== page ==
Health care reform can be a bit of a buzzphrase with so many political underpinnings surrounding the term, but when you get down to the nitty-gritty of it and meet the doctors and nurses who make it all happen, you might be surprised at what you find out. While legislators debate over multi-billion-dollar funding fixes, it's the frontline clinicians who are making the difference every single day.
That's why it's so important for any organization that employs nursing professionals to show their appreciation for these workers during National Nurses Week. From May 6 to 12, the nation will turn its eyes to the men and women who hold the entire healthcare system together, and you should be stocked with the custom promotional products and in-depth knowledge on the struggles nurses face to get the most out of National Nurses Week.
Burnout is real
The public may like to focus on the image of the emergency room doctor who struggles to save each and every life he or she comes into contact with, but it's actually nursing professionals who have more one-on-one contact with patients. While this means a large variety of medical processes are in their capable hands, so much interaction with patients in difficult spots in their lives can cause significant emotional stress, and Shari Schwanzl, vice president of operations and nursing for Helen DeVos Children's Hospital, told National Nurses United that burnout in nurses can resemble another well-known condition.
"It's a lot like post-traumatic stress disorder," Schwanzl said. "Your response to these emotional things becomes normal, and it shouldn't be."
Any organization's first step toward reducing burnout among nurses should include ongoing education and outreach programs that provide employees the opportunity to talk about sensitive issues. Providers can also take advantage of National Nurses Week to promote health and wellness through promotional products that give nurses a chance to vent, like Myron's Funny Dr. Custom Stress Reliever. You could also give your employees the gift of convenience with Aluminum Portable Universal Chargers that allow your workers to charge their personal devices on the go after a long day of use at work.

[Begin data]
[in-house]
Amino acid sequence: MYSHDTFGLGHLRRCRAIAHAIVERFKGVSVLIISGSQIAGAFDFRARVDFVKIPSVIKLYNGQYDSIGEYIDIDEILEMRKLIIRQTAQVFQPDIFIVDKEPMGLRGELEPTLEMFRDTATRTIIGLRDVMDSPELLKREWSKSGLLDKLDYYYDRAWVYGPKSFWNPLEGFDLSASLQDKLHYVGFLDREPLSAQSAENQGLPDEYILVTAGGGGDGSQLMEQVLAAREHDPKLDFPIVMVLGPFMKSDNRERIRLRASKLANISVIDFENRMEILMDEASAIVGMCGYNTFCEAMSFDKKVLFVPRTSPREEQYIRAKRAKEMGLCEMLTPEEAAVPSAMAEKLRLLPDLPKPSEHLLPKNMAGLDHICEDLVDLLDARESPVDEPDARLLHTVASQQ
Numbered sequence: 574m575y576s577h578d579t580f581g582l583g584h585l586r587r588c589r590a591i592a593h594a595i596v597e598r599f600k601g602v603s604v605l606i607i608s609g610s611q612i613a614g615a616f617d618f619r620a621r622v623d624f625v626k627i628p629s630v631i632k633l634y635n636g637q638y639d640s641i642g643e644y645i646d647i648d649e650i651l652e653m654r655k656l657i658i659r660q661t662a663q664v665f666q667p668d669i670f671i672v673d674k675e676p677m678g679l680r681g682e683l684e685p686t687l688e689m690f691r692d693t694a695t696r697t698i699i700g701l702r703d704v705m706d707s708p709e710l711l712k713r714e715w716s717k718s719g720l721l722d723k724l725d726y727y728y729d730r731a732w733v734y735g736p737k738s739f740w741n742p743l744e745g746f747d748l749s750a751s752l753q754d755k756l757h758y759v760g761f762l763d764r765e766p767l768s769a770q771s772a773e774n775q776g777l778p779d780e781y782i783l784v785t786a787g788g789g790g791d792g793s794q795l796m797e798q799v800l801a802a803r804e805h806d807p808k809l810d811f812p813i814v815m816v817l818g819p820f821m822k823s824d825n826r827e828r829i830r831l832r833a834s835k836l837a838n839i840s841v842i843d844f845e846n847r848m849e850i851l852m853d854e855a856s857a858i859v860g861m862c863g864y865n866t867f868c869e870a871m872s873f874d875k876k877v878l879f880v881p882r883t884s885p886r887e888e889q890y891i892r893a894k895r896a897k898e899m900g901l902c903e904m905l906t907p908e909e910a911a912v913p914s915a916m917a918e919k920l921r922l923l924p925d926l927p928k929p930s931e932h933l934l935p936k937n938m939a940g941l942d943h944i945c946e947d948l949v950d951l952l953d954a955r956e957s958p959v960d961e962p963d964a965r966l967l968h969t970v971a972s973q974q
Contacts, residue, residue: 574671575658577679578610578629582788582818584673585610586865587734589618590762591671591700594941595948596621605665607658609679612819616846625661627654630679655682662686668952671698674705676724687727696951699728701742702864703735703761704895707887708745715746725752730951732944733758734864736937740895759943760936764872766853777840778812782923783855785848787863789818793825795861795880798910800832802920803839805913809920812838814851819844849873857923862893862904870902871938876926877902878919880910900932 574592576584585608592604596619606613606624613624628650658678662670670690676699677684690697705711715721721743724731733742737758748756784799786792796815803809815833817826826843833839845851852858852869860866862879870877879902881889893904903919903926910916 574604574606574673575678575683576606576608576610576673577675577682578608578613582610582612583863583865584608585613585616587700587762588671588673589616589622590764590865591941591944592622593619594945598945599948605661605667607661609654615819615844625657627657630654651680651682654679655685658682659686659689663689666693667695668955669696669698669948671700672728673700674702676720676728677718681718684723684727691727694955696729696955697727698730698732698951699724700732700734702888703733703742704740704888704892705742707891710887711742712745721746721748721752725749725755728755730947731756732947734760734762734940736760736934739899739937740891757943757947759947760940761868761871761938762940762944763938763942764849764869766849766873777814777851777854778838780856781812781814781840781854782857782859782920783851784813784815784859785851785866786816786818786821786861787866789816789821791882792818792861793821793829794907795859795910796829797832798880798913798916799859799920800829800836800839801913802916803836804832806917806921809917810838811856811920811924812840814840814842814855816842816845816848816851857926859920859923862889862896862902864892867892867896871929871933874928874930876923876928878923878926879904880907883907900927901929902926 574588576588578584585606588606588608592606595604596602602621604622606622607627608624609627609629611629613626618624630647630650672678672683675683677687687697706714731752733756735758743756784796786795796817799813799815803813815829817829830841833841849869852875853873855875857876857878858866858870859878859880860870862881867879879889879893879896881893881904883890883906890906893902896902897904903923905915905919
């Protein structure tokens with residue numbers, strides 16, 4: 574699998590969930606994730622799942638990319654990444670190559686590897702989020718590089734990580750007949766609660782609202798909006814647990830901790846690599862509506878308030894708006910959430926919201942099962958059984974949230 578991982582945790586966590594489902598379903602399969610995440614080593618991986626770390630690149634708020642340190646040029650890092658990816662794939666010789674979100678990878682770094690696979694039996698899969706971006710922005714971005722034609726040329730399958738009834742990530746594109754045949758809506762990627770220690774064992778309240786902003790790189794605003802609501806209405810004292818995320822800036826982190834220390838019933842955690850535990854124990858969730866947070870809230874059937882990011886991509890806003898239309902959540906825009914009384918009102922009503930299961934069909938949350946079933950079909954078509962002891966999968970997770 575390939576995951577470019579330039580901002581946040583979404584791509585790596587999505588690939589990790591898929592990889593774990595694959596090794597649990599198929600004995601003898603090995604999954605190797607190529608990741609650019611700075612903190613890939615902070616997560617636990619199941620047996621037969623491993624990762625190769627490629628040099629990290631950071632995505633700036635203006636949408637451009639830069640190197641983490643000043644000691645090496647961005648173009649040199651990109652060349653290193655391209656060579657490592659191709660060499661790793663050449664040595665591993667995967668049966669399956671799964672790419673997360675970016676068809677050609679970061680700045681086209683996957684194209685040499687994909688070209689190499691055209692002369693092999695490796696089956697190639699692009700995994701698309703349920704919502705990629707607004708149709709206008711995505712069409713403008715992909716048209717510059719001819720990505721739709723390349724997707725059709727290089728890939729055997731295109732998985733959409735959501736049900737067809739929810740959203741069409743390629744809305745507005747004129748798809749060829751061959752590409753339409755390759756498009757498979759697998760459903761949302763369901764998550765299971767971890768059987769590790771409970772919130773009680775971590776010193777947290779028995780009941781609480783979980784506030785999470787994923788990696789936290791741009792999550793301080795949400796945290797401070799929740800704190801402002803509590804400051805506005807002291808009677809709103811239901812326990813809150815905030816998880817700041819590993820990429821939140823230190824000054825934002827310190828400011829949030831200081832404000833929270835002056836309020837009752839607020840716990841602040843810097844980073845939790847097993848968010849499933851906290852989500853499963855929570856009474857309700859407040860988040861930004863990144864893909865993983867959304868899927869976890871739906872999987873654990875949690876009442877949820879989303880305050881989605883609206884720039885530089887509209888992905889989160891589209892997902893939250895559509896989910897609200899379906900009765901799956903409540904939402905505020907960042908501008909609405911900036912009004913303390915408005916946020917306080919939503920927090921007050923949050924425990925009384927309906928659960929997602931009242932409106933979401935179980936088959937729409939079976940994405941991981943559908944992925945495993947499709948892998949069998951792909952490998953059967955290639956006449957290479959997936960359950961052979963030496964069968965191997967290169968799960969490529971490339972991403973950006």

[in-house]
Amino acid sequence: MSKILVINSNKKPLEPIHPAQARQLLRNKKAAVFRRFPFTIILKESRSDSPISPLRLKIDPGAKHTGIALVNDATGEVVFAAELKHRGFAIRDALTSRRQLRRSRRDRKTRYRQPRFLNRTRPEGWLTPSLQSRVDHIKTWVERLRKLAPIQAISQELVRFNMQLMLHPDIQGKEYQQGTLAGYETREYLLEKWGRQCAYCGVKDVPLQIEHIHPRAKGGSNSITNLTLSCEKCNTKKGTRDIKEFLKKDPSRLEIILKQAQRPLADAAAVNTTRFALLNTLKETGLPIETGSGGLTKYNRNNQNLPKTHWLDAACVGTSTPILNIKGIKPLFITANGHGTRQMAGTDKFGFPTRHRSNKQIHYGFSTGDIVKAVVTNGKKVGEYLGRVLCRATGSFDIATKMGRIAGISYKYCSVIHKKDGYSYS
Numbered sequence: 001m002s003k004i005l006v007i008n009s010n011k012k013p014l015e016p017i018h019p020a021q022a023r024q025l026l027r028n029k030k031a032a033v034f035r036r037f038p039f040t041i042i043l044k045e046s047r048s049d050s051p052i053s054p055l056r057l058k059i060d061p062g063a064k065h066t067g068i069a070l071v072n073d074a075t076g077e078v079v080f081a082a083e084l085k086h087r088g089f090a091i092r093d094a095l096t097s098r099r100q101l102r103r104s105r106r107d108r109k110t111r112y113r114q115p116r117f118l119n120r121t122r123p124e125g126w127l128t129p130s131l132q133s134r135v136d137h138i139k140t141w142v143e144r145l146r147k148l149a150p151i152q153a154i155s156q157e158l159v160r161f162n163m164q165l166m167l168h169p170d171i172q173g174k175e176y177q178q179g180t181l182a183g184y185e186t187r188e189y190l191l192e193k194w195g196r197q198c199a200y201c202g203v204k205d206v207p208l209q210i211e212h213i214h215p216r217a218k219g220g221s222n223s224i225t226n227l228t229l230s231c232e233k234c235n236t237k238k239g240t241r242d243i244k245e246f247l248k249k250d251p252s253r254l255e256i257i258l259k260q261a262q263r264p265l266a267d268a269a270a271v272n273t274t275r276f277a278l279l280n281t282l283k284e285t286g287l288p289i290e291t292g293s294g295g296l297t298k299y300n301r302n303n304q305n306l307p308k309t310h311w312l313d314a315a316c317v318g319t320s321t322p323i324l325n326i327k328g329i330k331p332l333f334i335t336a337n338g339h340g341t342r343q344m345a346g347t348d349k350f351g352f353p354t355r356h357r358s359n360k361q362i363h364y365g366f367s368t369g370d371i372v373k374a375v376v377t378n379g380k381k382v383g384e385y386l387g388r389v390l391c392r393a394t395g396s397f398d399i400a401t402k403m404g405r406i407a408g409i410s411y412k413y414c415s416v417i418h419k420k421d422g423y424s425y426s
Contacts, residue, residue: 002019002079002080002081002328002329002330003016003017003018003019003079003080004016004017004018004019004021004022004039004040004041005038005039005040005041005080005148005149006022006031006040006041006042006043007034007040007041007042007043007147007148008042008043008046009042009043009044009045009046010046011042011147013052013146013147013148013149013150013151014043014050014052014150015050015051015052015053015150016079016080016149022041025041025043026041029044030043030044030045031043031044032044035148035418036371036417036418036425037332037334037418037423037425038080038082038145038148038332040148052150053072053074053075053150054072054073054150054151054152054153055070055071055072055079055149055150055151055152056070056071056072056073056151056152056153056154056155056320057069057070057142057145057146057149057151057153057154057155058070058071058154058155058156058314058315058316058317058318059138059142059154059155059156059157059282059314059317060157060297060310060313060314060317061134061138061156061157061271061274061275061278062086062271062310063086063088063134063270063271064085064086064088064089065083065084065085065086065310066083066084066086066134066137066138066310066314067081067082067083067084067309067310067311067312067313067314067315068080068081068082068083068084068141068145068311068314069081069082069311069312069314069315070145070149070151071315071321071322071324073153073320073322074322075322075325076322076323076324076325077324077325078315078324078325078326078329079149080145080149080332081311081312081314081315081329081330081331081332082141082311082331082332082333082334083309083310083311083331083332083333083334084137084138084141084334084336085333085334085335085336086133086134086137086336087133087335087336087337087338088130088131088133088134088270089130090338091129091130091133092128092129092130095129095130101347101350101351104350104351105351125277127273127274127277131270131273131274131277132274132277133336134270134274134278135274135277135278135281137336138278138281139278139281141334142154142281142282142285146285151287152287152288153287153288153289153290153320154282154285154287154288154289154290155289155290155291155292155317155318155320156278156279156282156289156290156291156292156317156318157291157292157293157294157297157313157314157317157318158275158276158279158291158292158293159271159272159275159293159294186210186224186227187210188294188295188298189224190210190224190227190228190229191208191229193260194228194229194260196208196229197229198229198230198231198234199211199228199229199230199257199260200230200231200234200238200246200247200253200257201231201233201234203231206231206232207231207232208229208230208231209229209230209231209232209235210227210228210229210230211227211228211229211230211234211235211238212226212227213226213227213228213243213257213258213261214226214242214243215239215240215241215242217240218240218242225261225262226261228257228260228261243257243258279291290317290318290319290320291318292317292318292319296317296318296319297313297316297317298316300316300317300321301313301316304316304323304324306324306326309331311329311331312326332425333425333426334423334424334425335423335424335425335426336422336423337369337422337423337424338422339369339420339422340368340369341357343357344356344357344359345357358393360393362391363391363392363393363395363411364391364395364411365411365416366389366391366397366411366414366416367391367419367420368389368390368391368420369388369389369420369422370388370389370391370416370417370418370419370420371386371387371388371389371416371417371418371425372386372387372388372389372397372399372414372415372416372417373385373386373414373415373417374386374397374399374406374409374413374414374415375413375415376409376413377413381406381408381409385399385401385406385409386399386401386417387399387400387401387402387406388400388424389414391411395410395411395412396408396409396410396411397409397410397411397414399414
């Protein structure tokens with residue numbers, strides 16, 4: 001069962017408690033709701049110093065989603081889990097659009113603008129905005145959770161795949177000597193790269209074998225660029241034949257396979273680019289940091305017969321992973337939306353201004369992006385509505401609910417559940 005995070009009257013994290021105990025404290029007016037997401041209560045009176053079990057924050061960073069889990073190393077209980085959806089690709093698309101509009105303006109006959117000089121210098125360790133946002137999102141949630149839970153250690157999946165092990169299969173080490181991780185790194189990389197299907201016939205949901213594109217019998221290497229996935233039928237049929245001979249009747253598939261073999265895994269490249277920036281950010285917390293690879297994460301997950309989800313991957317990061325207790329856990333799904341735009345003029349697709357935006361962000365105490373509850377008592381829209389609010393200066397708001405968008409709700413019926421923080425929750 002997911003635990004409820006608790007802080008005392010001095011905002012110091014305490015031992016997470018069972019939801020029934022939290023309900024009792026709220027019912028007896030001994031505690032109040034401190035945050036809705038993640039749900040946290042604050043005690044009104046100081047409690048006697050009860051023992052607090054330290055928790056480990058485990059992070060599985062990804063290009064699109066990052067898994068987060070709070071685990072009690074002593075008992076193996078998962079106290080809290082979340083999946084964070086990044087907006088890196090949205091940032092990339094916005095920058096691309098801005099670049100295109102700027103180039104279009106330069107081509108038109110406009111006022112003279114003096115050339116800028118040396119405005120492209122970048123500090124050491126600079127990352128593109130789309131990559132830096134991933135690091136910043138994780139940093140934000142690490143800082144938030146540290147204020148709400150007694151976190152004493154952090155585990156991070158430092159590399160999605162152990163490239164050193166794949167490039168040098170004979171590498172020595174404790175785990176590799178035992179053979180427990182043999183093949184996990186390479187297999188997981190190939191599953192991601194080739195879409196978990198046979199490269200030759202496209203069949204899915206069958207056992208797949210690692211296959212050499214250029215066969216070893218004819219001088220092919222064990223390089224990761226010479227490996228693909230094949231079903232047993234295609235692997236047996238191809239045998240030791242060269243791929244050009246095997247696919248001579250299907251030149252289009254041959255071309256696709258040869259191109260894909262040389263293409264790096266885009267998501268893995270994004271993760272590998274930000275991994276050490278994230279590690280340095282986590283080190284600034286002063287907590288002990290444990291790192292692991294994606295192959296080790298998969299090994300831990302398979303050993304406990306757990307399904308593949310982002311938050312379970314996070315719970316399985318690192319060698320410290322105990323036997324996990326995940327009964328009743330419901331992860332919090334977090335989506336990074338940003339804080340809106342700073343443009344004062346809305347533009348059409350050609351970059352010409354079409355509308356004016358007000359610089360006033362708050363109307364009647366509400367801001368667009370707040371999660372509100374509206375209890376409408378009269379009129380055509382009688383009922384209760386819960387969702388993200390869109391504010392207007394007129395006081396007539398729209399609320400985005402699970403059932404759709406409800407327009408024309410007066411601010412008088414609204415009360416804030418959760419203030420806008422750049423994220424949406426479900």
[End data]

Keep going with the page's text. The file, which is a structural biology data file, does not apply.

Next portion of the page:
"Nursing assistants sustained 208.4 lost work days for every 10,000 employees."
Nurse the nurses
When patients are admitted to the hospital, they expect nursing professionals to take care of them and not the other way around. However, as data from the U.S. Bureau of Labor Statistics shows, nursing professionals make up two of the most often-injured occupations in the U.S. According to 2013 figures, nursing assistants sustained 208.4 lost work days for every 10,000 employees. This means that normal nursing duties of manually manipulating patients poses more harm to the body than the work of police officers, correctional jailors and construction workers.
What's more, hospitals and other health care providers may not be taking all the steps they could be to help nurses avoid these preventable injuries in the future. Advanced lifting equipment can help reduce the physical burden on nursing professionals, but this might require a significant investment to achieve. That's why many nurses feel like they are not heard by upper management, and why National Nurses Week presents such a valuable opportunity for conversation and progress.
"Every day you call and say, 'We don't have anybody to help us,'" Ashley Moore, R.N., an injured nursing professional at Kaiser Hospital in Walnut Creek, California, told NPR. "And again it would be the same thing every single day, being jerked around. And by the end of the day, nobody ever came to help us."
If providers can prove to their nursing employees that they're dedicated to looking after them not only during National Nurses Week, but for the foreseeable future, they may see improved care outcomes and patient satisfaction as rewards for their responsible business practices.